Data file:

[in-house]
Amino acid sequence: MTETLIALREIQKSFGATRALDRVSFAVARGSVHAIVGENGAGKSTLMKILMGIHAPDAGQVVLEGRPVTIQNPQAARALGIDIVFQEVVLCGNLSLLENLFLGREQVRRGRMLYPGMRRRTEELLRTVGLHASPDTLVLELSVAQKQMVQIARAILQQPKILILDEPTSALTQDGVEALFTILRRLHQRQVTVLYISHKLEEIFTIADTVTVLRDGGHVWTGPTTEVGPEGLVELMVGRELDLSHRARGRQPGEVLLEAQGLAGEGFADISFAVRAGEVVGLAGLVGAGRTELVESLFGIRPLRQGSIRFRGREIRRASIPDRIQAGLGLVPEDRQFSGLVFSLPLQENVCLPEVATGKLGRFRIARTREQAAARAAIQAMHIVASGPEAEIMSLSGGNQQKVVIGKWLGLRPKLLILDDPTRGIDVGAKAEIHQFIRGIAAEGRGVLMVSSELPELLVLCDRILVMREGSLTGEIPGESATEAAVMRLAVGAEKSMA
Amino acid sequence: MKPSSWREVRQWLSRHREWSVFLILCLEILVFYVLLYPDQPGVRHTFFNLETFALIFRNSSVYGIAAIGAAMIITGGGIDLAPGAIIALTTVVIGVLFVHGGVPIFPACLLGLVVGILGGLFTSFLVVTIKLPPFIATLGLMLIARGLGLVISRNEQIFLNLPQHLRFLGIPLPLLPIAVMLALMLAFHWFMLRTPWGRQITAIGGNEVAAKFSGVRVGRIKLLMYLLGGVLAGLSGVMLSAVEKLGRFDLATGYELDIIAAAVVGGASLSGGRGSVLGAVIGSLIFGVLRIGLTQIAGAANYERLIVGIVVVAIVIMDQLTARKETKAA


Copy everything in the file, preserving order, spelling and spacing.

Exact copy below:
[in-house]
Amino acid sequence: MTETLIALREIQKSFGATRALDRVSFAVARGSVHAIVGENGAGKSTLMKILMGIHAPDAGQVVLEGRPVTIQNPQAARALGIDIVFQEVVLCGNLSLLENLFLGREQVRRGRMLYPGMRRRTEELLRTVGLHASPDTLVLELSVAQKQMVQIARAILQQPKILILDEPTSALTQDGVEALFTILRRLHQRQVTVLYISHKLEEIFTIADTVTVLRDGGHVWTGPTTEVGPEGLVELMVGRELDLSHRARGRQPGEVLLEAQGLAGEGFADISFAVRAGEVVGLAGLVGAGRTELVESLFGIRPLRQGSIRFRGREIRRASIPDRIQAGLGLVPEDRQFSGLVFSLPLQENVCLPEVATGKLGRFRIARTREQAAARAAIQAMHIVASGPEAEIMSLSGGNQQKVVIGKWLGLRPKLLILDDPTRGIDVGAKAEIHQFIRGIAAEGRGVLMVSSELPELLVLCDRILVMREGSLTGEIPGESATEAAVMRLAVGAEKSMA
Amino acid sequence: MKPSSWREVRQWLSRHREWSVFLILCLEILVFYVLLYPDQPGVRHTFFNLETFALIFRNSSVYGIAAIGAAMIITGGGIDLAPGAIIALTTVVIGVLFVHGGVPIFPACLLGLVVGILGGLFTSFLVVTIKLPPFIATLGLMLIARGLGLVISRNEQIFLNLPQHLRFLGIPLPLLPIAVMLALMLAFHWFMLRTPWGRQITAIGGNEVAAKFSGVRVGRIKLLMYLLGGVLAGLSGVMLSAVEKLGRFDLATGYELDIIAAAVVGGASLSGGRGSVLGAVIGSLIFGVLRIGLTQIAGAANYERLIVGIVVVAIVIMDQLTARKETKAA